More schools are expected to be offered “partnership agreements” with the Michigan Department of Education this fall, based on last spring’s standardized test scores, the department announced recently.
The state Supreme Court this week issued notice that oral arguments will be heard in early November in the 3 percent retirement case that MEA has waged through seven years and several appeals by Gov. Rick Snyder. The court will hear arguments on November 7 or 8 in the union’s 2010 lawsuit seeking the return…
Rennee Alderman has worn different job titles in Cadillac Area Public Schools – recess aide, paraprofessional, secretary – but for MEA member Heidi Stange the most important role Alderman played over the years is “friend.”
Stange is now an instructional literacy coach for the district, but for many years she was a Title I reading specialist with Alderman tutoring kids alongside her. Children loved Alderman, Stange said, but so did adults—she brightened the lives of everyone with her cheery attitude and habit of calling everyone “Sunshine.”
“We’re providing her some sunshine now,” Stange said.
Alderman was forced to retire after 25 years in the district when a mystery illness zapped her energy and mobility – leaving her in constant pain. She has since been diagnosed with Lyme Disease, but treatments are not covered by insurance – so Stange has organized community fundraisers to rally some help.
Their story is yet another example of union members taking care of each other. Associations across the state routinely come together to take care of their own, as in Algonac, where members raised money and volunteered labor in a Habitat for Humanity home build for a member; and in Adrian where members donated to a union-administered sick day bank to help a new mom whose baby needed open heart surgery.
It wasn’t easy to convince Alderman to accept assistance, because she’s used to being the one caring for others, Stange said. Over the years, Alderman organized countless potlucks and supply drives to help families in need in the community.
Whether it’s at the bargaining table or the halls of the Capitol in Lansing, MEA’s power resides in the unity of our members – and association leaders from across Michigan are joining up with MEA staff to build capacity in our largest units. Membership blitzes have been held in Grand Rapids, Utica, Flint, and Pontiac,…
In light of the recent data breach acknowledged by credit reporting agency Equifax, many NEA members are signing up to receive an important NEA member benefit: the educator discount for Lifelock credit monitoring that includes 30 days free and a 10 percent discount.
September 20, 2017 By PAULA HERBART/President – Michigan Education Association In this fast-paced, information overloaded society, individuals are longing to be heard. Educators are especially eager to share their thoughts, their hopes and their frustrations. That’s why my first order of business as MEA’s new president was to embark on a “listening tour” so I…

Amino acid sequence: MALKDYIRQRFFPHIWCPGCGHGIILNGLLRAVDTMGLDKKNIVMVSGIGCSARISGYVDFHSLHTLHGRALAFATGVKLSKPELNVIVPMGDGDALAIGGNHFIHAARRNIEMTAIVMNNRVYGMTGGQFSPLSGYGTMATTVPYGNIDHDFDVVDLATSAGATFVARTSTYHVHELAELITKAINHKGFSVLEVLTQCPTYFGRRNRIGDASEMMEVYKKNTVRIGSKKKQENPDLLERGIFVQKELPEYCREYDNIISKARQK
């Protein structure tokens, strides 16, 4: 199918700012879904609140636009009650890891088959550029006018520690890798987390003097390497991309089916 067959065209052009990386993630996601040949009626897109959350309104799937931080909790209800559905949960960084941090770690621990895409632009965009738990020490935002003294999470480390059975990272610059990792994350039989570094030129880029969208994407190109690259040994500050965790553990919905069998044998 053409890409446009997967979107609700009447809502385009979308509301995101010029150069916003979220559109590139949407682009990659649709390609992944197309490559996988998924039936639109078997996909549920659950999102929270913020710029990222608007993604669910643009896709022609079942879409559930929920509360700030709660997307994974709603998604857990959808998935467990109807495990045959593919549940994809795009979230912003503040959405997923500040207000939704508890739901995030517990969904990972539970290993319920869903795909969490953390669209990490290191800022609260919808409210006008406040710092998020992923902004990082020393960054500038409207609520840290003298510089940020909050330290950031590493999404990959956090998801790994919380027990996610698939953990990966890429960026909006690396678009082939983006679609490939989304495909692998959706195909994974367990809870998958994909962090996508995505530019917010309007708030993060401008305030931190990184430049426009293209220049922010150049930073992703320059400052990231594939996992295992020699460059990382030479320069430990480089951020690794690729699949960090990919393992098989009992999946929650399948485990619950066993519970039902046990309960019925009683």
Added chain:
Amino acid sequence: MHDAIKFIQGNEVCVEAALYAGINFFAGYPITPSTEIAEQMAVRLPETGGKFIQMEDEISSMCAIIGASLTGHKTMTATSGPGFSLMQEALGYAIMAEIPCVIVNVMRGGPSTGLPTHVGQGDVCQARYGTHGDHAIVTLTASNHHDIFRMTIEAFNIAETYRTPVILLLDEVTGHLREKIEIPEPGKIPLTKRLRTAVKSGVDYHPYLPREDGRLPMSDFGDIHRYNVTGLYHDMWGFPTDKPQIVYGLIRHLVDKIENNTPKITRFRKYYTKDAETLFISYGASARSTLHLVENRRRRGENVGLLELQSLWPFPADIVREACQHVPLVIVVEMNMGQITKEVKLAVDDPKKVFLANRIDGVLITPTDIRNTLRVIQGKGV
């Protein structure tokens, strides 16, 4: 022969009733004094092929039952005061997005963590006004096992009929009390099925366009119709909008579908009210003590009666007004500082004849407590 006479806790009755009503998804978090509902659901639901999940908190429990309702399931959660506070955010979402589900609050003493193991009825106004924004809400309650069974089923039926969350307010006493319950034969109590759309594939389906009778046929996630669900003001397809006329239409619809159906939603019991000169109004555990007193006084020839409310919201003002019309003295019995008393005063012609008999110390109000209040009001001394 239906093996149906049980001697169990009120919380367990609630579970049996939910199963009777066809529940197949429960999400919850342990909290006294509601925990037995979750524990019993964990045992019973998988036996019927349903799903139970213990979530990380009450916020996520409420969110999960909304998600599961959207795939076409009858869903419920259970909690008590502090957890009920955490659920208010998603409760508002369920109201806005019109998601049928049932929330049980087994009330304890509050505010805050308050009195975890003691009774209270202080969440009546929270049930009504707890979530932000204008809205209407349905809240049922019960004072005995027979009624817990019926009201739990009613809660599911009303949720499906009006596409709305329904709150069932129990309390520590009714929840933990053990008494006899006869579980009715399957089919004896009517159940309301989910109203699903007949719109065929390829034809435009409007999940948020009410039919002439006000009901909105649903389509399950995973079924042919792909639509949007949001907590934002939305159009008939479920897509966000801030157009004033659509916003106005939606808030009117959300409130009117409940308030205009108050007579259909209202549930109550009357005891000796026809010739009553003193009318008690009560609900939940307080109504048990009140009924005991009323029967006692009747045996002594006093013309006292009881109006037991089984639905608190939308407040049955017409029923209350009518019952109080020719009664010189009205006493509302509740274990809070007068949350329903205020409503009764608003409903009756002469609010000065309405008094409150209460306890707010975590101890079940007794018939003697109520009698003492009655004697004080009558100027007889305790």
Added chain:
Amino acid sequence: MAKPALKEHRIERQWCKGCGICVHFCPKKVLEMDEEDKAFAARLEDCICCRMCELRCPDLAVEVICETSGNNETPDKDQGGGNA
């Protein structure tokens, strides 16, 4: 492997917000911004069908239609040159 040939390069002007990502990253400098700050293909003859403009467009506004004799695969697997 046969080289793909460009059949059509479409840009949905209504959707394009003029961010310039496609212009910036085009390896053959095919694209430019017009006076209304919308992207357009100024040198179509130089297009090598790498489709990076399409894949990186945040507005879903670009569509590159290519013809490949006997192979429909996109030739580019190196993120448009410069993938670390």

MEA President Paula Herbart is this week’s guest on “Off the Record” with senior Capitol correspondent Tim Skubick. The weekly PBS public affairs show served as Herbart’s first major public appearance since taking the reins at MEA on Sept. 1. During her 12-minute interview, she reinforced something she’s heard across the state: that policymakers need to listen more to the front-line experts – Michigan’s teachers and support staff – about what schools and students need.
In this unprecedented hurricane season, NEA members have stepped up in huge numbers to help. Our national organization has partnered with others to extend help to victims – including school employees and children from Texas to Florida and the Caribbean.
EAST LANSING – This September, a new team of MEA officers have taken the helm of the state’s largest school employee union. President Paula Herbart, Vice President Chandra Madafferi and Secretary-Treasurer Brett Smith are kicking off their time in office with a statewide listening tour to hear from the experts on the front lines of public education – the dedicated teachers and school support staff working every day with Michigan’s students.
“In this fast-paced, information overloaded society, individuals are longing to be heard. Educators are especially eager to share their thoughts, their hopes and their frustrations,” Herbart said. “That’s why we’re going around the state to listen to the passions and concerns of our members and learn what we can do to help. We need to listen to the experts on the front lines – and we’re going to take those stories with us to policymakers in Lansing and Washington in our role as statewide education leaders.”
MEA has launched a new video highlighting the important role education support professionals play in schools across Michigan. The video features MEA education support professional members, like paraprofessionals, bus drivers, secretaries, food service workers, custodians, maintenance workers and others who help kids in our schools achieve and learn. “Education support professionals are a critical part of our…